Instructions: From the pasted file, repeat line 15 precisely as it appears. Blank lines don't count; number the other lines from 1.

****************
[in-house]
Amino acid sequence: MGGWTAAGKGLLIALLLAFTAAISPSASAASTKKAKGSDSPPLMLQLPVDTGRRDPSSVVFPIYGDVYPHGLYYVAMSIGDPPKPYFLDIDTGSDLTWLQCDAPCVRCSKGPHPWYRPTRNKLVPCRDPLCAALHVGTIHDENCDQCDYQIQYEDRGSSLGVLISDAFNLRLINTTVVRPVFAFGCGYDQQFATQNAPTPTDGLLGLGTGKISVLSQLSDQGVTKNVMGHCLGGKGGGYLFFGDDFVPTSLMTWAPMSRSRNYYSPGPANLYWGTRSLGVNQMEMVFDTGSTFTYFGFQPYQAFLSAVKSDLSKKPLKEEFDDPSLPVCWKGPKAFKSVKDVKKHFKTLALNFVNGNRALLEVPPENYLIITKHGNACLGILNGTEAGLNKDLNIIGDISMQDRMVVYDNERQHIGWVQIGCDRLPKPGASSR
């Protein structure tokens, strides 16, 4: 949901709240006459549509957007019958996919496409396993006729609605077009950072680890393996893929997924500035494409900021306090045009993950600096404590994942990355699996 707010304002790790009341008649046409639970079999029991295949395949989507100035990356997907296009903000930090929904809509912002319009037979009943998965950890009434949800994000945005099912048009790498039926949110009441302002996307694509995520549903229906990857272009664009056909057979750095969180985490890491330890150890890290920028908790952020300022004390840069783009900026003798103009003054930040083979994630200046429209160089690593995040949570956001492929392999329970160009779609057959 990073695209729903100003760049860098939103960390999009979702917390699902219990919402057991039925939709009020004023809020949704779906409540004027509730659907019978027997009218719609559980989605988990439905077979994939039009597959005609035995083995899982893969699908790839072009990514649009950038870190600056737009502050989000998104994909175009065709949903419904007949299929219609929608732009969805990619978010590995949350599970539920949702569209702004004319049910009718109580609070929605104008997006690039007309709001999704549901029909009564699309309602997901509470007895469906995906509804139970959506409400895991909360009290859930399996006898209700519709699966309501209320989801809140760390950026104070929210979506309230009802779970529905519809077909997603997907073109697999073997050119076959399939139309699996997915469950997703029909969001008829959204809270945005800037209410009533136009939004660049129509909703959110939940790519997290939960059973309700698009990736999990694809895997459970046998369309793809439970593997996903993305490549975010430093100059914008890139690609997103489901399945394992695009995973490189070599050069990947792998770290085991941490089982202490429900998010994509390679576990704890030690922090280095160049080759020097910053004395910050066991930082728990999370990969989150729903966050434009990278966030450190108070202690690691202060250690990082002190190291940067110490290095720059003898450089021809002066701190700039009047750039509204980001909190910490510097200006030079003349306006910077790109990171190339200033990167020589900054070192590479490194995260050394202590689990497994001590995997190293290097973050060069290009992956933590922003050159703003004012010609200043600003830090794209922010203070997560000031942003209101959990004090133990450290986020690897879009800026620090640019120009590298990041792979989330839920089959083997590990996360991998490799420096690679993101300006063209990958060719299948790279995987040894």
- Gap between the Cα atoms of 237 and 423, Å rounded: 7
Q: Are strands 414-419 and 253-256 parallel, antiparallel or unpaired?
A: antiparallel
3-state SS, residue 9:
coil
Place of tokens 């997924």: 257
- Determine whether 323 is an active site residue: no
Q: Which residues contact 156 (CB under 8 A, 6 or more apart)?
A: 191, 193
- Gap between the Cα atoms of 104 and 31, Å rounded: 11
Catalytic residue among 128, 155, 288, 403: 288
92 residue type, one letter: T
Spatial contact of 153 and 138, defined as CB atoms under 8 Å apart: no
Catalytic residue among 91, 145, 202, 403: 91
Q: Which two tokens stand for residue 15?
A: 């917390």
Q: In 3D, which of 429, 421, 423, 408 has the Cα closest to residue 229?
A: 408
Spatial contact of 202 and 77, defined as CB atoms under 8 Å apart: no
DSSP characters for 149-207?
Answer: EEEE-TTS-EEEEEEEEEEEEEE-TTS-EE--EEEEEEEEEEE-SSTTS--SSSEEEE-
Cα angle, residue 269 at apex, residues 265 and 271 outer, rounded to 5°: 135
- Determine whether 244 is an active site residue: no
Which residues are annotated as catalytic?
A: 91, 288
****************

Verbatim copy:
92 residue type, one letter: T